Getting down to earth

Mancos third-graders learn the twists and turns of worms and composting as part of School to Farm Project

Anthony Blevins shows worms to classmates Madison Todd, Audrey Stockton and Mitchell Sam as part of a School to Farm lesson on Monday. The Montezuma School to Farm Project received a $40,000 grant this year to do drought education in the Mancos, Dolores and Cortez school districts. Enlargephoto

Mary Shinn/The Mancos Times

Anthony Blevins shows worms to classmates Madison Todd, Audrey Stockton and Mitchell Sam as part of a School to Farm lesson on Monday. The Montezuma School to Farm Project received a $40,000 grant this year to do drought education in the Mancos, Dolores and Cortez school districts.

Mancos third-graders spooned worms into a composter Monday as part of the Montezuma School to Farm Project.

Drought conservation is the new focus of the School to Farm Project, after receiving a $40,000 grant from the Colorado State Conservation Board at the end of 2013, Project Director Sarah Syverson said. The project must match the grant with $20,000 of cash donations and $20,000 worth of in-kind donations by the end of the year.

Healthy soil is a key to drought resilience, and that's why the students started by learning how to compost and keep their red wigglers healthy.

"We are going to use our knowledge of fractures to feed the worms in a way they will like that will not gross them out," said School to Farm coordinator Erin Bohm.

She explained the worms require 50 percent dry carbon-based food such as grass and 50 percent nitrogen-based food such as rotting vegetables.

The new grant will help fund materials, administrative costs and school coordinators at Dolores and Mancos districts continue their work.

The coordinators, in place since 2011, also plan to build models of a watershed to show on a miniature scale how water flows, how pollution gets into the water, and how water rights work, Syverson said.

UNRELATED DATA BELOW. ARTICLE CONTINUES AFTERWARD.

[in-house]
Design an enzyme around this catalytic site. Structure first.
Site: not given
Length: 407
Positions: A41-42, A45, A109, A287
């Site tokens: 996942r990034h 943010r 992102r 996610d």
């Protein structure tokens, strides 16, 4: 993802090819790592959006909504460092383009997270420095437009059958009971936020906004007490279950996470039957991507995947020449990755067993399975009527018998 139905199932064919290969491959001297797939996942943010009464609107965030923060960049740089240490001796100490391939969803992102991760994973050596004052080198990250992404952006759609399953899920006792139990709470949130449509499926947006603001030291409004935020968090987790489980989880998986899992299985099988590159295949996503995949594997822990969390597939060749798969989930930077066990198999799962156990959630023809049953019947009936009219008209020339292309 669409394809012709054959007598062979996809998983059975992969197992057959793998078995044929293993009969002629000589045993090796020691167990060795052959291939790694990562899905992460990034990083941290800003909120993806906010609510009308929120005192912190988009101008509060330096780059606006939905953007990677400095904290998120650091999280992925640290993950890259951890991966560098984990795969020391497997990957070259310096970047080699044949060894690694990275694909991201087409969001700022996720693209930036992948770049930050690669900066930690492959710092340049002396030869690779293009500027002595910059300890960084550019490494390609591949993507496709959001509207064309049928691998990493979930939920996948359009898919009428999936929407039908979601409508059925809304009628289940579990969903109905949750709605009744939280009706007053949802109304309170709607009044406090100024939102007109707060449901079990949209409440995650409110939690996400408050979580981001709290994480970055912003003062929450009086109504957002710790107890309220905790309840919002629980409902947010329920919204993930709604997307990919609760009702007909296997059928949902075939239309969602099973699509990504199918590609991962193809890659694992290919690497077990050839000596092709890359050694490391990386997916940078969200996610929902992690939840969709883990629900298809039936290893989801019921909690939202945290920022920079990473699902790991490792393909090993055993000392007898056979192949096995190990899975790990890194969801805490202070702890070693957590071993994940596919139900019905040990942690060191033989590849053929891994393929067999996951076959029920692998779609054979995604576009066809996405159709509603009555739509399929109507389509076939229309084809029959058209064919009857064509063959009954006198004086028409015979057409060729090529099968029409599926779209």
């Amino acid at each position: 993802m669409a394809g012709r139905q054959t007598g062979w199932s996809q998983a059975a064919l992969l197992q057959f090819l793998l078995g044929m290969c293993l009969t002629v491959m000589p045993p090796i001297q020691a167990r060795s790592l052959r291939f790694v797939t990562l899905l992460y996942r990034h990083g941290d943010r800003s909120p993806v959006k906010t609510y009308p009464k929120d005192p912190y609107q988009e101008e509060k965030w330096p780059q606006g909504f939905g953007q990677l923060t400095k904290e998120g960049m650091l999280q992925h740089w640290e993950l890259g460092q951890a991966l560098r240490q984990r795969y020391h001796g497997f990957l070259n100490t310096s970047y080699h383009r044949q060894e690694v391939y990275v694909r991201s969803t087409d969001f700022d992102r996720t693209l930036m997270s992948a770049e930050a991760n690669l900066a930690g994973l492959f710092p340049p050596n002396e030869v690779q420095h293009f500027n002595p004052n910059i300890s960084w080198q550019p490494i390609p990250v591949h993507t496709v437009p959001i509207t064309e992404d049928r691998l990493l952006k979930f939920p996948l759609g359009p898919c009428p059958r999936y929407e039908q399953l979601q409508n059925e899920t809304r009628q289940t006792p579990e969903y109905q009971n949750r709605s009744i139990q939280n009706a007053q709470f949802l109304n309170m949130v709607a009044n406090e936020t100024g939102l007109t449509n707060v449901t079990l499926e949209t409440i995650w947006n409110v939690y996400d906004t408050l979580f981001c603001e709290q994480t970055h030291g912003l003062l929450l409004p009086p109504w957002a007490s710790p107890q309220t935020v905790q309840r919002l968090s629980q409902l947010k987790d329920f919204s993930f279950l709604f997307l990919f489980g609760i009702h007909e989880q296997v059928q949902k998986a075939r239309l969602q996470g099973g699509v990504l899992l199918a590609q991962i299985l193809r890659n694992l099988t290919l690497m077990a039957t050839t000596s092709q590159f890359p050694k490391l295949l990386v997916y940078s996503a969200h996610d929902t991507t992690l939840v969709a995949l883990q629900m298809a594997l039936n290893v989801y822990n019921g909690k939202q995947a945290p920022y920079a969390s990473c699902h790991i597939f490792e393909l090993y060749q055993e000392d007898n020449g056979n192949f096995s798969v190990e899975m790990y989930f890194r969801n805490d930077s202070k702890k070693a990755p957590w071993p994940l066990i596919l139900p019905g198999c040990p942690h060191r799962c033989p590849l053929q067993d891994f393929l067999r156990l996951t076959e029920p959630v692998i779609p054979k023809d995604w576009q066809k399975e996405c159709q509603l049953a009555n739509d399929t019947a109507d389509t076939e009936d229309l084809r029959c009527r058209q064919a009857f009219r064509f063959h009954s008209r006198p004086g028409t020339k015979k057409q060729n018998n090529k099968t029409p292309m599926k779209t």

At the school garden at Mancos, which started in 2011, organic and sustainable growing practices such as mulch use, compost and drip irrigation have been the standard.

"Nonorganic growing is not a sustainable choice for a place that doesn't have enough water," Bohm said.

Continually using herbicide and fertilizer tends to be very expensive, and you get "hooked into a cycle of more and more application," she said.

Healthy soil creates strong plants and prevents many problems.

"Drought has been the cause of civilization collapse in the past, we need to plan and prepare for drought in our civilization," she said.

The project enjoyed other successes over the course of 2013.

The School to Farm Project started a pilot garden at Cortez Middle School during the fall semester and is pursuing funding for a full-time coordinator.

The project staff was also tapped by the National Farm to School network to help create trainings for other organizations that would like to start similar projects. Bohm recently presented a version of this training to members of the Ute Mountain Ute Tribe.

The Mancos school garden harvested 500 pounds of produce during the fall.

The next School to Farm fundraiser will be the Good for What Ales You Talent Show at the Dolores River Brewery on Feb. 7.

Erin Bohm shows Tara Willburn's third-grade class how to compost Monday. The class is part of the Montezuma School to Farm Project, which is integrated into the Mancos school district. Enlargephoto

Mary Shinn/The Mancos Times

Erin Bohm shows Tara Willburn's third-grade class how to compost Monday. The class is part of the Montezuma School to Farm Project, which is integrated into the Mancos school district.